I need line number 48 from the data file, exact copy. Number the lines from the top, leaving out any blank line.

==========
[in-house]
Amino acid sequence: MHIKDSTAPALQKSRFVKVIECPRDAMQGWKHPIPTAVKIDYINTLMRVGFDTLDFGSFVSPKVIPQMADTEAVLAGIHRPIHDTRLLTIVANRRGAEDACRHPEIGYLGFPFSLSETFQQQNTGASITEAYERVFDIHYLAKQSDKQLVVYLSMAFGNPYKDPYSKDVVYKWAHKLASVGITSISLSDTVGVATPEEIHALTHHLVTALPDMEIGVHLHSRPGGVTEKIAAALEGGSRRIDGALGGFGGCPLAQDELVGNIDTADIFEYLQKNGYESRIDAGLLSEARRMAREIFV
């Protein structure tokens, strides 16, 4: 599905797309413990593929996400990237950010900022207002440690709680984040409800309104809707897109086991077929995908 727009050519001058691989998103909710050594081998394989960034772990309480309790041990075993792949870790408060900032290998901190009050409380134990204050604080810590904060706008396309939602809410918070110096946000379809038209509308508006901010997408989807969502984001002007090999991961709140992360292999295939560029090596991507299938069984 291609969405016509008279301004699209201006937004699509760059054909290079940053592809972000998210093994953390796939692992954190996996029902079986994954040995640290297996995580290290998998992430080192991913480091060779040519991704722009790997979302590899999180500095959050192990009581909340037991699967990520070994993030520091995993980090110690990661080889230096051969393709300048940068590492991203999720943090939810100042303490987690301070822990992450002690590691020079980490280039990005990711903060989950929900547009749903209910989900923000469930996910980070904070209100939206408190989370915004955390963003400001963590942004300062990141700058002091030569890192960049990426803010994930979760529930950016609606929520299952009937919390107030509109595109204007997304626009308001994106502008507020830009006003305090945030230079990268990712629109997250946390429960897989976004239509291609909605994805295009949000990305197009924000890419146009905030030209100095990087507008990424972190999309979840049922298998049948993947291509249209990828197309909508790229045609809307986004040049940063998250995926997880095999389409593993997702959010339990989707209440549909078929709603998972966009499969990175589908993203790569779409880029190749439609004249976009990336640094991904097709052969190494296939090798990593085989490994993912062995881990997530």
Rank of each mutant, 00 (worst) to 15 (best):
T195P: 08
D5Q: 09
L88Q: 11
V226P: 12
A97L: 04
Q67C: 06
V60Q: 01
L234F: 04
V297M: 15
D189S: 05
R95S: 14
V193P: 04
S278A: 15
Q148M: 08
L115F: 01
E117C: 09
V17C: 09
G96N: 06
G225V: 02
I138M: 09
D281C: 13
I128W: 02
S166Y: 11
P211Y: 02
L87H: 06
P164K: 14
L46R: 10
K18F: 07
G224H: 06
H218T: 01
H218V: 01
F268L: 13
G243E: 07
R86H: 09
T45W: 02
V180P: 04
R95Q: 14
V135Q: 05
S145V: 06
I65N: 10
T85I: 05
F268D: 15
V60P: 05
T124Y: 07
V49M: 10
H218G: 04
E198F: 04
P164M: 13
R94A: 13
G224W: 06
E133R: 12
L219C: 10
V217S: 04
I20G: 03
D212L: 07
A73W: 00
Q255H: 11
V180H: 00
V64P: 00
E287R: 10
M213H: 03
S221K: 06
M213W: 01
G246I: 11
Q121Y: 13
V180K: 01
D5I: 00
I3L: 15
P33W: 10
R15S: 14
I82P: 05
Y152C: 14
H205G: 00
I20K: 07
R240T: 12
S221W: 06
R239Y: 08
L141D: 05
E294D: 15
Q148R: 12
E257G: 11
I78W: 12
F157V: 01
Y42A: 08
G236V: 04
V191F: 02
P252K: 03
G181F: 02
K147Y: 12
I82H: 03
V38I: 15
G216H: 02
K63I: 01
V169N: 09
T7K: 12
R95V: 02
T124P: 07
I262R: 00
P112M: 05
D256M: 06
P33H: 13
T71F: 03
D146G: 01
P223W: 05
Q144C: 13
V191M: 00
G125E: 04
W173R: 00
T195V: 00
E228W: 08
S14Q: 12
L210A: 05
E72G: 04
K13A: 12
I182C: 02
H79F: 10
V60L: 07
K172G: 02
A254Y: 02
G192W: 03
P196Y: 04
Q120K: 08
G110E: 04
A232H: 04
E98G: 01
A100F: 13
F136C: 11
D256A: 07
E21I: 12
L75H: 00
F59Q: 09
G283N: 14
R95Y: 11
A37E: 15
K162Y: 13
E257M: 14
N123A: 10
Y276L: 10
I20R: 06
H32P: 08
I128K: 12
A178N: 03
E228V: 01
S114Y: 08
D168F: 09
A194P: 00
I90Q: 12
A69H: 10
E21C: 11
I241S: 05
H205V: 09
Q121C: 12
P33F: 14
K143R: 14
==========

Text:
T124Y: 07